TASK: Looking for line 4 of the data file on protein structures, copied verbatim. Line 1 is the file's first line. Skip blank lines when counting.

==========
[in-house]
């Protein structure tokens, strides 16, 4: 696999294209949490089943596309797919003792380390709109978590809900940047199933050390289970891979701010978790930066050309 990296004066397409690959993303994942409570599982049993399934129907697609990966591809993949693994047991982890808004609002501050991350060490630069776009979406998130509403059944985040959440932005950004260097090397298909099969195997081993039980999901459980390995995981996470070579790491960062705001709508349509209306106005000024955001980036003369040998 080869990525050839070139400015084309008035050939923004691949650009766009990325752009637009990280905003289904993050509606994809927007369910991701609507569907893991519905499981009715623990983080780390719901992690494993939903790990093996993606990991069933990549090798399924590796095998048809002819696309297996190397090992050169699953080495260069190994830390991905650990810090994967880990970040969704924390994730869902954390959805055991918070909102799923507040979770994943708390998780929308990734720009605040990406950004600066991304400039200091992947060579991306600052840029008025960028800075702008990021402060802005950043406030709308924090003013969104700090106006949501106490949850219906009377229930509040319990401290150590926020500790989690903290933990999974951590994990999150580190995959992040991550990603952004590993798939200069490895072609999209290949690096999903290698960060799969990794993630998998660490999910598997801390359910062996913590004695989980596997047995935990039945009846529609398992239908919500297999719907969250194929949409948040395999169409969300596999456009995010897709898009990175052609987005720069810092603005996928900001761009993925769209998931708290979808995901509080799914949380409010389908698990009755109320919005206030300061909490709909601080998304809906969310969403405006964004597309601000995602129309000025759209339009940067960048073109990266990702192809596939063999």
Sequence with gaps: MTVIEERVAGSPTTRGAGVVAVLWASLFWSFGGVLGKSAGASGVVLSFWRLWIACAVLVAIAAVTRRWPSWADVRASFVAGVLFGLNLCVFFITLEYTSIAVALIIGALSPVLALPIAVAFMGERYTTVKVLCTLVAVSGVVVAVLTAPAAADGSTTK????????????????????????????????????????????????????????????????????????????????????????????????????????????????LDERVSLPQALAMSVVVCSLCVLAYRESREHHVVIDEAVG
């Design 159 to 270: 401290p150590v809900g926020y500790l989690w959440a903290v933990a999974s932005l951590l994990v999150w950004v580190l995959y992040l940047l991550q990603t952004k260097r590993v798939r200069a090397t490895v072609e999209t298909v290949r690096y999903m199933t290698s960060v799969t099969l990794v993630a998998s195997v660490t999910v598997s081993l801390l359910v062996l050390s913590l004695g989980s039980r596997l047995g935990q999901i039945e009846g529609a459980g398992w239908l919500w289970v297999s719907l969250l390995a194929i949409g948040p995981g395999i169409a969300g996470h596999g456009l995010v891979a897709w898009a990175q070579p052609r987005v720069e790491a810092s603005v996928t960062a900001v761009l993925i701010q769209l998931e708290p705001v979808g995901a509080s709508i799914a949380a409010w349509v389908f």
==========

């Design 159 to 270: 401290p150590v809900g926020y500790l989690w959440a903290v933990a999974s932005l951590l994990v999150w950004v580190l995959y992040l940047l991550q990603t952004k260097r590993v798939r200069a090397t490895v072609e999209t298909v290949r690096y999903m199933t290698s960060v799969t099969l990794v993630a998998s195997v660490t999910v598997s081993l801390l359910v062996l050390s913590l004695g989980s039980r596997l047995g935990q999901i039945e009846g529609a459980g398992w239908l919500w289970v297999s719907l969250l390995a194929i949409g948040p995981g395999i169409a969300g996470h596999g456009l995010v891979a897709w898009a990175q070579p052609r987005v720069e790491a810092s603005v996928t960062a900001v761009l993925i701010q769209l998931e708290p705001v979808g995901a509080s709508i799914a949380a409010w349509v389908f």